The following is a full transcript of the Democratic presidential debate sponsored by ABC News, Facebook, and ABC affiliate WMUR. The debate took place on January 5, 2008, at St. Anslem College in Manchester, New Hampshire.
SAWYER: And that's Charlie Gibson talking to the new crowd that has come in for the Democratic contenders as they gear up to begin their debate in just a few minutes, as we say.
They're checking mics, checking where they're going to sit. It is the second half of our double-header tonight.
And while they're getting ready, we though we'd show you some of
the action taking place outside the auditorium at St. Anselm College.
Take a look at this. It's the campaign visibility area, which is a very dry name for what goes on. The candidates' supporters go out and, in some of the gentler campaign arts, they sign at each other, they cheer for each -- it's 32 degrees outside, George.
STEPHANOPOULOS: And you know what so much of that is for? That's actually for the candidates. You want your candidate to go into that room and see all the supporters out there so it pumps you up as you're heading in.
SAWYER: So, as they come in in their cars...
SAWYER: ... they see their supporters braving the cold to cheer them on.
SAWYER: It's a great thing, one of the things we love about democracy. But of course, I just want to say that we do want to remind everybody of where everything stands now.
STEPHANOPOULOS: That's right.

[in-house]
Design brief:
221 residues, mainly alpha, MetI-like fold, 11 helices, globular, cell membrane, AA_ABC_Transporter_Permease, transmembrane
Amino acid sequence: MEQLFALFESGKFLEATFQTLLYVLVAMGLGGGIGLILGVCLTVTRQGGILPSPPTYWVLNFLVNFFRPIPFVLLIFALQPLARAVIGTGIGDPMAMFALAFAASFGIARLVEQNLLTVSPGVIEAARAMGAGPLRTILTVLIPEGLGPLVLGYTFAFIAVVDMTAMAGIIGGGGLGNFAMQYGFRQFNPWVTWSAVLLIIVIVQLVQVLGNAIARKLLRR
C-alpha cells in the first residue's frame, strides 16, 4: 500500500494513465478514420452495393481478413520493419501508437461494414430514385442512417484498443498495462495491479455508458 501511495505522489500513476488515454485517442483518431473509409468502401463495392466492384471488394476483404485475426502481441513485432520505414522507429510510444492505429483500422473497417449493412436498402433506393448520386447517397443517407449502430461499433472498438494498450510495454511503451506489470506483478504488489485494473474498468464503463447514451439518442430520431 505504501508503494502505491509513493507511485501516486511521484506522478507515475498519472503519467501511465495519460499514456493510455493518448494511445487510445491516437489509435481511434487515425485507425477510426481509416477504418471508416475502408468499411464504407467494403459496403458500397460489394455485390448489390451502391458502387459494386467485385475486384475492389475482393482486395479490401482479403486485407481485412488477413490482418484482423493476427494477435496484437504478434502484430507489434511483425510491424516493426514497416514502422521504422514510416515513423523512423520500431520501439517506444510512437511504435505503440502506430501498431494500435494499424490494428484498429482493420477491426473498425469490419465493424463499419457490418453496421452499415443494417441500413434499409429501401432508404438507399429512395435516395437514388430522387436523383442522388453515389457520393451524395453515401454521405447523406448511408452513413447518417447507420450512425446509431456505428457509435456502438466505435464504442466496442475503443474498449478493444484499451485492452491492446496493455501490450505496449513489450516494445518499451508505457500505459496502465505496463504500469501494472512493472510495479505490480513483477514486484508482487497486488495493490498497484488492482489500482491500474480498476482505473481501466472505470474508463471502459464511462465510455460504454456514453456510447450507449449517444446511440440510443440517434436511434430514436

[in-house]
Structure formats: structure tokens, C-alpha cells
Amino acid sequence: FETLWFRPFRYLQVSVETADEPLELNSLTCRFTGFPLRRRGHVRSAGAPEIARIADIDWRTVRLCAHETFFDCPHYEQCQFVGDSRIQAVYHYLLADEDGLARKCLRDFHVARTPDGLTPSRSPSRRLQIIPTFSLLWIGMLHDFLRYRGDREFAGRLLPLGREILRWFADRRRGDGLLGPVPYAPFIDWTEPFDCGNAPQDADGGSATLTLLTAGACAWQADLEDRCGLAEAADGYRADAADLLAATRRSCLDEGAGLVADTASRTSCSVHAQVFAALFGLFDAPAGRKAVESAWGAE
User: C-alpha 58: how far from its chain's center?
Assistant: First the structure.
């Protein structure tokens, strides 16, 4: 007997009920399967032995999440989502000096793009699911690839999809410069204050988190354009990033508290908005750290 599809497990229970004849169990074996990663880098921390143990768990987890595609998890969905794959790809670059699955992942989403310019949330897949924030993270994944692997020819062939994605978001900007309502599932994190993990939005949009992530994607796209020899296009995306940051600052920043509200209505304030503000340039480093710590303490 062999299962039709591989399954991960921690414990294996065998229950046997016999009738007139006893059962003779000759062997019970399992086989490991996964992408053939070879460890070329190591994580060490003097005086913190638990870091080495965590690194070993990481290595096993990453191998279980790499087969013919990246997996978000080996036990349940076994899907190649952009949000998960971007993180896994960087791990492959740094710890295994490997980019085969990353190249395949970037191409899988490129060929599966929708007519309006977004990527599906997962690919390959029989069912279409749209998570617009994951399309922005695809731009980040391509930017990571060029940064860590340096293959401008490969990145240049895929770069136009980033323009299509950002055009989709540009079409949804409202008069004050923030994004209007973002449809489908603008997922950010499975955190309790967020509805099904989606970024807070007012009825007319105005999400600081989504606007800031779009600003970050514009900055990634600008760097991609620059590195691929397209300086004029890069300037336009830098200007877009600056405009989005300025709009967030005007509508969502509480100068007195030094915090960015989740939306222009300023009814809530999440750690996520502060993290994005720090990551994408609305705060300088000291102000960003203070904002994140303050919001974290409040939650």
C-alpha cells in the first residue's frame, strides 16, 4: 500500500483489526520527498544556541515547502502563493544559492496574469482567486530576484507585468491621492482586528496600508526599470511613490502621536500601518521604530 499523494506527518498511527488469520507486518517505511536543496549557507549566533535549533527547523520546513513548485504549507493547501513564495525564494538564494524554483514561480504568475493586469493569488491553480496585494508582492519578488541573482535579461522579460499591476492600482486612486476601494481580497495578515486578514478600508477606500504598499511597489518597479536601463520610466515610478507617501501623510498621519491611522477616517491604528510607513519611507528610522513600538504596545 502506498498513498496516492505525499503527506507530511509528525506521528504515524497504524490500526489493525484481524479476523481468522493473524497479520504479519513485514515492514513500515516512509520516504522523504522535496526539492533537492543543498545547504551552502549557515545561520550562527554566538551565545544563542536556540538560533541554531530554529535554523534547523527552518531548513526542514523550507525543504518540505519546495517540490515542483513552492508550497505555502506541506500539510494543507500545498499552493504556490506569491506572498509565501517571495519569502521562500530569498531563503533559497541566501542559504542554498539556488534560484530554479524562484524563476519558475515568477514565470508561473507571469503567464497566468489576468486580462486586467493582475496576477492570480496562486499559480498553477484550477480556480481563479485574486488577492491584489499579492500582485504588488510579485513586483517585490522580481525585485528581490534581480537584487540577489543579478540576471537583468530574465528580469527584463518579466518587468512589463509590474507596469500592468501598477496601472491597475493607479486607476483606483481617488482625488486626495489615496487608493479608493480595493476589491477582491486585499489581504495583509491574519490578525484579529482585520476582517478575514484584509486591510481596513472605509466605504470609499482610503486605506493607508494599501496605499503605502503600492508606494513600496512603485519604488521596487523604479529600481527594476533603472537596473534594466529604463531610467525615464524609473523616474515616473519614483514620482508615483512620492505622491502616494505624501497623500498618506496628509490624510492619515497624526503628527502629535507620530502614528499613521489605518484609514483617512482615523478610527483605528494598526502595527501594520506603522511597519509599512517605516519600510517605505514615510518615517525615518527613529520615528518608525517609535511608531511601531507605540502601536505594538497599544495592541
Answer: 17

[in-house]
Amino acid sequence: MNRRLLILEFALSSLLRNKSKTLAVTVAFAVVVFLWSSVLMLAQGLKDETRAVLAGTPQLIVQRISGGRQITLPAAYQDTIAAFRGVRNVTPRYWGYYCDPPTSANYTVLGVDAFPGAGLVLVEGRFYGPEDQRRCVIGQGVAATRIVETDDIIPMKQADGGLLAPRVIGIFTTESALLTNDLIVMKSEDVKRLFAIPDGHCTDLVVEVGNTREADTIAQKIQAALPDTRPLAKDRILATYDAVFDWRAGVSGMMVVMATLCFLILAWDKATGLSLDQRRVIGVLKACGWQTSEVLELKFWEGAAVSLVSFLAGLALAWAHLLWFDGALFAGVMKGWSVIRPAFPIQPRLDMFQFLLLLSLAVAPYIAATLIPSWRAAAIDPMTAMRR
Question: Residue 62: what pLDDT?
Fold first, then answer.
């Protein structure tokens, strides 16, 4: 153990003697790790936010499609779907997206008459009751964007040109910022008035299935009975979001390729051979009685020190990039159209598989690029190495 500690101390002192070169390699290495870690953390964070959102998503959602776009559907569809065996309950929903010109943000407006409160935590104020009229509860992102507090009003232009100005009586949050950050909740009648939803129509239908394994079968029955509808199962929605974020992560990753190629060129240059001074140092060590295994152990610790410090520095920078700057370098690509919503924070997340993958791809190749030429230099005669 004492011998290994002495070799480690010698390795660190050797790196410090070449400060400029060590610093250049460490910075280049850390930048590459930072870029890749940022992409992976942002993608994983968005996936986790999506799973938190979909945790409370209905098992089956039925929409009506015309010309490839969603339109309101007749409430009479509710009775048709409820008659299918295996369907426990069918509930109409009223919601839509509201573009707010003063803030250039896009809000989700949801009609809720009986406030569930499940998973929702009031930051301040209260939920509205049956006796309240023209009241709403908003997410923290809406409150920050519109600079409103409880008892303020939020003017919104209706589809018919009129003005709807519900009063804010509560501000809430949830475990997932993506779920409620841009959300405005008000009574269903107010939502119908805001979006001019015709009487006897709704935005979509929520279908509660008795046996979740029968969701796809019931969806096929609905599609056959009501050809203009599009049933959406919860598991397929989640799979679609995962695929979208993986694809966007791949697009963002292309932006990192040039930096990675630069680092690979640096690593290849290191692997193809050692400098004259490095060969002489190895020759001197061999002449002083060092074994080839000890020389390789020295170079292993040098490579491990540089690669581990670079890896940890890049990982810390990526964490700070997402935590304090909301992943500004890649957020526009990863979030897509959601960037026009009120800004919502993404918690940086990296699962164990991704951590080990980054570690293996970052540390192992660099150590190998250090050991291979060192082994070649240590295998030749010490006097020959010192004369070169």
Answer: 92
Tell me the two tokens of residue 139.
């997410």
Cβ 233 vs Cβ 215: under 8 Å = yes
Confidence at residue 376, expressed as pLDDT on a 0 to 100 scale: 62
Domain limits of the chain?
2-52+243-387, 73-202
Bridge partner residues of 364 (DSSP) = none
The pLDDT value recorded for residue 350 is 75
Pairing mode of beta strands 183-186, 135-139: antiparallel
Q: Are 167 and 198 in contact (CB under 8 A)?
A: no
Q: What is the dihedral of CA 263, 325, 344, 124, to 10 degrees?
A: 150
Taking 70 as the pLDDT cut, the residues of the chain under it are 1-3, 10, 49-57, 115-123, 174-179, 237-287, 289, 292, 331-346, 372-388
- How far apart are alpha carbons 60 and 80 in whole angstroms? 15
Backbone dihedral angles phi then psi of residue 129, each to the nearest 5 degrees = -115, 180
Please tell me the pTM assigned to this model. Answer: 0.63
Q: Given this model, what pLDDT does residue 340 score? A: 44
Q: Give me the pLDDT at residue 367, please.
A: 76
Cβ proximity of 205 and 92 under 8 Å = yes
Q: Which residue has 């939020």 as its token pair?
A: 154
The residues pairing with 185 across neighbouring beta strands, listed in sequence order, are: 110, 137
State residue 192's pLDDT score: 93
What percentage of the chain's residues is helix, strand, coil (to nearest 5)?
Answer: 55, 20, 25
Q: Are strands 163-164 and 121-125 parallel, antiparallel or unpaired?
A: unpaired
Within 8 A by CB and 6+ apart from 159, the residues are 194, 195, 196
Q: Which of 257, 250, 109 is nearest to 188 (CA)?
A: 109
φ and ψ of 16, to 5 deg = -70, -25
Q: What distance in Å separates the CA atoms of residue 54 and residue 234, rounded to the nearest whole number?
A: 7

In the Iowa caucuses Thursday night, Barack Obama, the big winner on Thursday night. He got 38 percent of the vote. John Edwards squeezing by Hillary Clinton, 30 percent to her 29 percent, and Bill Richardson, who will also be in the debate tonight, he was way, way back. He was back at 2 percent.
SAWYER: And as we said earlier, according to the latest tracking poll from our affiliate in New Hampshire, WMUR, cosponsors of tonight's debate, Clinton and Obama are now neck-and-neck, tied at 33 percent going into tonight's debate, with Edwards in third with 20 percent, Richardson in fourth with 4 percent.
OK, George, tell us what to look for here.
STEPHANOPOULOS: I think Senator Clinton's got the toughest job tonight. She's got to find a way to be aggressive and engage Barack Obama, without appearing too negative.
STEPHANOPOULOS: What I think she's going to try to do is pressure him on national security issues, and pounce if he makes a mistake. That's what's most important.
What she'll also do -- and this is speaking about what Bianna found in Facebook -- show some passion about the economy, about what people are going through, especially in New Hampshire.
Barack Obama, his job tonight is to ride the wave. You know, he grew up part of his life in Hawaii. He was a surfer. And what he's got to do tonight is just ride this wave of change. But there's going to be a lot of pressure on him as well, again, on these national security issues. He cannot make a mistake on this issue tonight. That could be real trouble for him.